Akweya TV: “Spirit” carries a message of seeking and inviting the Divine presence. What do you hope listeners will take away from the song, both in terms of its lyrical content and its musical style?
Spirit was produced by my brother and friend Gwills in the city of Yola, and like you can hear it was all played live. Starting from drums, guitars, bass guitar, keyboard and congas, all were completely live. So it was quite a hectic production that took a few days and the mix and mastering as well, but glory to God Almighty, it’s worth the whole trouble.
Ibi Dave: Just like I said in the song, “Spirit come fill my soul/ my soul is thirsty,” I want my listeners to do the same. When you’re full of the spirit of God every other thing will automatically be in place, so instead of pursuing other things, get God and all that you desire will pursue you.
Akweya TV: Can you talk about the creative process of bringing “Spirit” to life? Were there any particular challenges or breakthroughs during the making of the song?
Ibi Dave: Spirit was produced by my brother and friend Gwills in the city of Yola, and like you can hear it was all played live. Starting from drums, guitars, bass guitar, keyboard and congas, all were completely live. So it was quite a hectic production that took a few days and the mix and mastering as well, but glory to God Almighty, it’s worth the whole trouble.
Akweya TV: In these days of digital production, you seem to prefer recording live. Why do you prefer this and is it not very challenging for you to do so?
Ibi Dave: Truly, it’s always very challenging, and very much capital intensive. But I have had this spirit of excellence right from my early days of music and can let go of anything just to achieve a good production. Moreover, if you want to have the best of reggae music, nothing beats live production.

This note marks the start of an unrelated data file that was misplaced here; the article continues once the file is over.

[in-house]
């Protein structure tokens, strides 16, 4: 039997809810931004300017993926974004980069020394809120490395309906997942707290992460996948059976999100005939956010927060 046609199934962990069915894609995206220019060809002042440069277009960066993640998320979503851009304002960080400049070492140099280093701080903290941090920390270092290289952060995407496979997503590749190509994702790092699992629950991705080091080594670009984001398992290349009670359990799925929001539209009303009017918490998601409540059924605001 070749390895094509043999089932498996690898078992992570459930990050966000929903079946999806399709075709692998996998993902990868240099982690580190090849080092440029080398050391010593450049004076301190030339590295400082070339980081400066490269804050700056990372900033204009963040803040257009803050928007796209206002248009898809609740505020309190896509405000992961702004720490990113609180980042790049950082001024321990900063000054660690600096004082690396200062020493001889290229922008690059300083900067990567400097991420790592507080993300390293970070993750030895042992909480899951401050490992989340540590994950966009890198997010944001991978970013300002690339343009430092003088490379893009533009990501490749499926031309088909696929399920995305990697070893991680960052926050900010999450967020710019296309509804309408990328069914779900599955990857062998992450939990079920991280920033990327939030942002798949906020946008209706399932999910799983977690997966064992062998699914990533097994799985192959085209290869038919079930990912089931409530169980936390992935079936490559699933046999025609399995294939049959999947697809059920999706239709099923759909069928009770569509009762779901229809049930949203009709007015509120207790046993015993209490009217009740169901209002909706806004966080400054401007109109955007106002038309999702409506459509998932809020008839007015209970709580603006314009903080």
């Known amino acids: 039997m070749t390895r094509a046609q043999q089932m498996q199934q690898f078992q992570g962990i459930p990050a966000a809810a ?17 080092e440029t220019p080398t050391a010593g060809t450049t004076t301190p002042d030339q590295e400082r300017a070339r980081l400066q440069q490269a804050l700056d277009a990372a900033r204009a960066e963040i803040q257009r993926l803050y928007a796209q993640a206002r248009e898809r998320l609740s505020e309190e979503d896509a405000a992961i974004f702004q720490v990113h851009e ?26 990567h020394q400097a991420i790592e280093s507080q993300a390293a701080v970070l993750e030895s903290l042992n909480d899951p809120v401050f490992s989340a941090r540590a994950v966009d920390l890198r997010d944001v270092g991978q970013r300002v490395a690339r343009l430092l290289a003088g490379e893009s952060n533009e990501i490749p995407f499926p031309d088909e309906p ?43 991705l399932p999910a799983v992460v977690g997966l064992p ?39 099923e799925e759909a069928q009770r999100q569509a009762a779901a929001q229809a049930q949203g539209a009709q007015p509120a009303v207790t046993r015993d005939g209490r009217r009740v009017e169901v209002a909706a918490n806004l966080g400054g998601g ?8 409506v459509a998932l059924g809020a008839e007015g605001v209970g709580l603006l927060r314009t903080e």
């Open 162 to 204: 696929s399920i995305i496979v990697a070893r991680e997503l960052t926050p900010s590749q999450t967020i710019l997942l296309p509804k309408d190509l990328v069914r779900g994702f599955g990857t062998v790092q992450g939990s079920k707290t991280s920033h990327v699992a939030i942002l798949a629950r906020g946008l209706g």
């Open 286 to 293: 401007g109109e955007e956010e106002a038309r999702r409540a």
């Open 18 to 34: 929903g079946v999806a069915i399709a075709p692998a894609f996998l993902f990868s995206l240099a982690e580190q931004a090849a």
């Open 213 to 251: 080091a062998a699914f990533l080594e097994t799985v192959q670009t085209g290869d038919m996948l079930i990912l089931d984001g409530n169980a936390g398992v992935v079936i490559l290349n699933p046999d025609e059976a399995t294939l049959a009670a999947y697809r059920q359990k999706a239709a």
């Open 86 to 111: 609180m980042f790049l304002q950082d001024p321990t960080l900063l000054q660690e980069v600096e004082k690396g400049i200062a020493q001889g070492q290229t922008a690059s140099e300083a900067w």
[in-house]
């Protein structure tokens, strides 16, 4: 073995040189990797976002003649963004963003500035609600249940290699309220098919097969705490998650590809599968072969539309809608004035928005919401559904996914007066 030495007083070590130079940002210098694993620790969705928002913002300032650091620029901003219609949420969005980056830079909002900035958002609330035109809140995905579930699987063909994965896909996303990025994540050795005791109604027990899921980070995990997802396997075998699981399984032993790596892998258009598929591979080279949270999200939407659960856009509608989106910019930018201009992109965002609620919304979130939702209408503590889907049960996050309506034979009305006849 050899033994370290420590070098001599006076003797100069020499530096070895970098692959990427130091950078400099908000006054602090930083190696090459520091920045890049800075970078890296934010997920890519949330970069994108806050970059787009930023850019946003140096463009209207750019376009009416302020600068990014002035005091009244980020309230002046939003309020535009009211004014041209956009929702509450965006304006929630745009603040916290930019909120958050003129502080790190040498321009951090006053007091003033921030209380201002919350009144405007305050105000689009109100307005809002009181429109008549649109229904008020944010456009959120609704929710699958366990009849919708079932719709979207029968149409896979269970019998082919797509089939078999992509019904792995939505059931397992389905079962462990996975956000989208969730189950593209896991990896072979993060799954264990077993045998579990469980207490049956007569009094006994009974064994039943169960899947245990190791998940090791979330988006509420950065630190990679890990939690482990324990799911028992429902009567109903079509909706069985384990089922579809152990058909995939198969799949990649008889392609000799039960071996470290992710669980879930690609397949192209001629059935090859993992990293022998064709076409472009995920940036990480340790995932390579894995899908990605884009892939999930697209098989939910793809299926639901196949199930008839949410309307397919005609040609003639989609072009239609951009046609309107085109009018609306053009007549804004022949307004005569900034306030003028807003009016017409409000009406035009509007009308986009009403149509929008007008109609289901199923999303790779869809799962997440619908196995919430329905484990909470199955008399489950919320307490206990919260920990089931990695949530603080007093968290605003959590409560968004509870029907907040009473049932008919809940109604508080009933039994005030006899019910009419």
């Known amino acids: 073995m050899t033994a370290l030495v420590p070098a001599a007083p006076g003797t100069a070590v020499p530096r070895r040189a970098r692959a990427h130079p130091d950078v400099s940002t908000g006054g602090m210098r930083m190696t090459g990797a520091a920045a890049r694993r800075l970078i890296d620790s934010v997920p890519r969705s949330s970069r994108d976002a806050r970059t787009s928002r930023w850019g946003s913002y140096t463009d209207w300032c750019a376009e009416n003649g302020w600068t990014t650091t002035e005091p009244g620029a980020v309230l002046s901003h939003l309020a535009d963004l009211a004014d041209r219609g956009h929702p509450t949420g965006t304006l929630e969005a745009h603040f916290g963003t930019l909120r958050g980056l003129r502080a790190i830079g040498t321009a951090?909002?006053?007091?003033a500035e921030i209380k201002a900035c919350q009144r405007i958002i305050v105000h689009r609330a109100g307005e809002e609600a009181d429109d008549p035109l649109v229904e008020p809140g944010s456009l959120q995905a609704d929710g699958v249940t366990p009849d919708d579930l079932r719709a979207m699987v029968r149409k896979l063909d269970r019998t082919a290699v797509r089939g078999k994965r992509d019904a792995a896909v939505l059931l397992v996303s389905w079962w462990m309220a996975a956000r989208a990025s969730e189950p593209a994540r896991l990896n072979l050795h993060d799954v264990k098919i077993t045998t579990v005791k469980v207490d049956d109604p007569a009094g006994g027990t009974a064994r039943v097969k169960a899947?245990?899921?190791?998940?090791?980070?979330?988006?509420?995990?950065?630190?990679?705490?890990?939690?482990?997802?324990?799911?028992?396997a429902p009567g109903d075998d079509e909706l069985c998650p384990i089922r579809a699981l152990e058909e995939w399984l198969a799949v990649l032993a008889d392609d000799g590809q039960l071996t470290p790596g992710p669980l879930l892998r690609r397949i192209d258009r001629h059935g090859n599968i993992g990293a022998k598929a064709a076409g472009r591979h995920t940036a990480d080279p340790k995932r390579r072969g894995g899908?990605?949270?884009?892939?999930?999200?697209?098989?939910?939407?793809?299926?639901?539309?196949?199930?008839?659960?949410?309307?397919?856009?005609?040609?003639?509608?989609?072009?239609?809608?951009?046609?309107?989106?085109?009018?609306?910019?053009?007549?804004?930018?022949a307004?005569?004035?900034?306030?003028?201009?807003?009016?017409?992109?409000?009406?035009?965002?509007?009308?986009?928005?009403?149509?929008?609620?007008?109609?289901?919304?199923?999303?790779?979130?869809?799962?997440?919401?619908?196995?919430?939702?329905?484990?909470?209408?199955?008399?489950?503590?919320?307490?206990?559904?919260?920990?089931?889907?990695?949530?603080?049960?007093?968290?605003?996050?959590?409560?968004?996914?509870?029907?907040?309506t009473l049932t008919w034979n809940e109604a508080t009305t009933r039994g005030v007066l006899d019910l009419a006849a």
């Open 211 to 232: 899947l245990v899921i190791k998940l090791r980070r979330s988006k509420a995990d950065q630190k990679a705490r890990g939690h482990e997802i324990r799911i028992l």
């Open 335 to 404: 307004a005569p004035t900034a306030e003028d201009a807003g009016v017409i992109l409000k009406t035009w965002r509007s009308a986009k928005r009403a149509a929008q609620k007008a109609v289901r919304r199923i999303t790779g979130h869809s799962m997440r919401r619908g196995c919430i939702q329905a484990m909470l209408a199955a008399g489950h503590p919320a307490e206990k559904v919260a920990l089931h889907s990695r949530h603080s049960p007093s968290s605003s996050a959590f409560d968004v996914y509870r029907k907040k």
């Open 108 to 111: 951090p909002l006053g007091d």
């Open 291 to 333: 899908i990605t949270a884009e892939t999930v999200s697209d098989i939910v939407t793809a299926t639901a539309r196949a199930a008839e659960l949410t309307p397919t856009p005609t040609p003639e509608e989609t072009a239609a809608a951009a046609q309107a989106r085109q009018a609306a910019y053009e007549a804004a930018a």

Akweya TV: True… Very true. How do you envision “Spirit” resonating with your audience, especially those who might be going through challenging times or seeking spiritual fulfilment?
Ibi Dave: Alright.. just like I mentioned earlier, when you seek God genuinely you will find him, and you can not have God and be bothered about your challenges. He said we cast all our burdens on him.
Akweya TV: “Spirit” has a very engaging and rhythmic melody. How did you go about creating the musical arrangement that complements the profound lyrics?
Ibi Dave: Most of the time I’m writing songs, I get my keyboard close. Thank God for my knowledge of the keyboard, so as the songs come I immediately look out for the best progression for the song, starting from chorus, verses and bridge, even vamps, where the need be. Most times, I record it directly on my phone; the skeletal record on my phone is what I show to my producer to build on.
Most of the time I’m writing songs, I get my keyboard close. Thank God for my knowledge of the keyboard, so as the songs come I immediately look out for the best progression for the song, starting from chorus, verses and bridge, even vamps, where the need be. Most times, I record it directly on my phone; the skeletal record on my phone is what I show to my producer to build on.
AkweyaTV: Great. As an artist, how do you balance the creative aspects of music-making with the spiritual message you want to convey? Is there a specific approach you take to ensure both elements shine through?
Ibi Dave: In as much as spiritual awakening is essential, I always encourage the creative aspects as well, and such cannot be achieved without a habit of practice. I don’t joke with my rehearsals. No programme is small for intensive rehearsals. So I actually balance the two.